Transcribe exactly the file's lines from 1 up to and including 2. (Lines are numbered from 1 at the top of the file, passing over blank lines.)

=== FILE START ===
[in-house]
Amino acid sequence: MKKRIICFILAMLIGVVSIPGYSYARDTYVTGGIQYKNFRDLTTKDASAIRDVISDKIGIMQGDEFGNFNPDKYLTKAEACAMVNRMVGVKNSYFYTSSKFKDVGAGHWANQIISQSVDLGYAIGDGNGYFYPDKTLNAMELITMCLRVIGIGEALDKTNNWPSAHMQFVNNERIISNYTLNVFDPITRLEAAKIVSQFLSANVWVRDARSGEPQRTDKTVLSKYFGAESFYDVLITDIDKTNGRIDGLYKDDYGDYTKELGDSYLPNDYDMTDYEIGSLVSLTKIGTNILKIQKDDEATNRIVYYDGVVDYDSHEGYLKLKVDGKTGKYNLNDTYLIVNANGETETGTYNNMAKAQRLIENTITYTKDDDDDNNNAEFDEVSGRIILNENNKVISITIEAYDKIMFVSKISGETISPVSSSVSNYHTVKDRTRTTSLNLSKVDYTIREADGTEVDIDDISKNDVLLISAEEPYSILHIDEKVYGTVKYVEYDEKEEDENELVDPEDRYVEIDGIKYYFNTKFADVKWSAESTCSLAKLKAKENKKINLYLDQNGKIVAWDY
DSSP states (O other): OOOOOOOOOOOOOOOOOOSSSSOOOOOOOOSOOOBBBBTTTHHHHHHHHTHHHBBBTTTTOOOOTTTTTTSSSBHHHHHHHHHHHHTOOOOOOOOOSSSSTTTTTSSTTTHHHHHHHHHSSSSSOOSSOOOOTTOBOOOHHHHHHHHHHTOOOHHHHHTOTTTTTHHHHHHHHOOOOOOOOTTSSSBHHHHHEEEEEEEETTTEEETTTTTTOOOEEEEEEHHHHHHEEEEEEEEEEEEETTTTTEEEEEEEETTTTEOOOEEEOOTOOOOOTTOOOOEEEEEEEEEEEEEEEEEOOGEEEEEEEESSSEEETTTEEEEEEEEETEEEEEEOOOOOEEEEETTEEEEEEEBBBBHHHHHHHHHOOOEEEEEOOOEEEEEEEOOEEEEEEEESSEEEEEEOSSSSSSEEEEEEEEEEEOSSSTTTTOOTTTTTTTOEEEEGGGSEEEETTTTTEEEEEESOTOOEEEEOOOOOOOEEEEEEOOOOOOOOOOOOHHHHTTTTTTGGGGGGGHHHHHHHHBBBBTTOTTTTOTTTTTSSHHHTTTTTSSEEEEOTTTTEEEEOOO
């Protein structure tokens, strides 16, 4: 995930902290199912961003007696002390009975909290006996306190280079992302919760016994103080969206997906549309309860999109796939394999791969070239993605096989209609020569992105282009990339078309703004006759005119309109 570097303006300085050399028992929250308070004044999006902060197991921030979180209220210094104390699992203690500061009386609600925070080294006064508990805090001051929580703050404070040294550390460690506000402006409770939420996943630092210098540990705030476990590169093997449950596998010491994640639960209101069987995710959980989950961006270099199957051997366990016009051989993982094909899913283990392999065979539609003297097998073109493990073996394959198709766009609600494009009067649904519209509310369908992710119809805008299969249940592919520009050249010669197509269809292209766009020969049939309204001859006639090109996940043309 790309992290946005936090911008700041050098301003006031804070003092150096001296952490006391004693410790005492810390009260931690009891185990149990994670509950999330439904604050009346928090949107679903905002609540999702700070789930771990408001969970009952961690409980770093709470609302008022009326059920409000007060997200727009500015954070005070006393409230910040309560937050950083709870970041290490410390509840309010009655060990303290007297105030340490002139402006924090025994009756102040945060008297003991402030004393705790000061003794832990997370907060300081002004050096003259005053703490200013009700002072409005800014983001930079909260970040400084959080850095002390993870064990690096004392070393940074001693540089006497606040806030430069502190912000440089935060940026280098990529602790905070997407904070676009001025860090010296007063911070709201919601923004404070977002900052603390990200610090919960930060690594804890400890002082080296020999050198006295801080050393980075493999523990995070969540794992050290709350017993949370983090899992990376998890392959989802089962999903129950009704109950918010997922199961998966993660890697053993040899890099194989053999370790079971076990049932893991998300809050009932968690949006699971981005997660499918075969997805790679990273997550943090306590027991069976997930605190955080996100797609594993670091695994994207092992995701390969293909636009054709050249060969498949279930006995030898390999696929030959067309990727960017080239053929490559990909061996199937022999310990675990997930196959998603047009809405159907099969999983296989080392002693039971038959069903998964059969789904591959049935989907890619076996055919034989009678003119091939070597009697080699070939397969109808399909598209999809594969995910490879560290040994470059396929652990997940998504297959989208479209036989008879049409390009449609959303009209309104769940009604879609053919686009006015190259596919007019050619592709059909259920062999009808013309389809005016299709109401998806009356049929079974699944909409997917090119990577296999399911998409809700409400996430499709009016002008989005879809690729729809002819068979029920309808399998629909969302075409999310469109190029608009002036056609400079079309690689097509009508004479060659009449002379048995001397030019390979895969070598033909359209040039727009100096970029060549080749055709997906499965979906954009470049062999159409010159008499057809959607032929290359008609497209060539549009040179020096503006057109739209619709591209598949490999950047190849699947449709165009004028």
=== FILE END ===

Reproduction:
[in-house]
Amino acid sequence: MKKRIICFILAMLIGVVSIPGYSYARDTYVTGGIQYKNFRDLTTKDASAIRDVISDKIGIMQGDEFGNFNPDKYLTKAEACAMVNRMVGVKNSYFYTSSKFKDVGAGHWANQIISQSVDLGYAIGDGNGYFYPDKTLNAMELITMCLRVIGIGEALDKTNNWPSAHMQFVNNERIISNYTLNVFDPITRLEAAKIVSQFLSANVWVRDARSGEPQRTDKTVLSKYFGAESFYDVLITDIDKTNGRIDGLYKDDYGDYTKELGDSYLPNDYDMTDYEIGSLVSLTKIGTNILKIQKDDEATNRIVYYDGVVDYDSHEGYLKLKVDGKTGKYNLNDTYLIVNANGETETGTYNNMAKAQRLIENTITYTKDDDDDNNNAEFDEVSGRIILNENNKVISITIEAYDKIMFVSKISGETISPVSSSVSNYHTVKDRTRTTSLNLSKVDYTIREADGTEVDIDDISKNDVLLISAEEPYSILHIDEKVYGTVKYVEYDEKEEDENELVDPEDRYVEIDGIKYYFNTKFADVKWSAESTCSLAKLKAKENKKINLYLDQNGKIVAWDY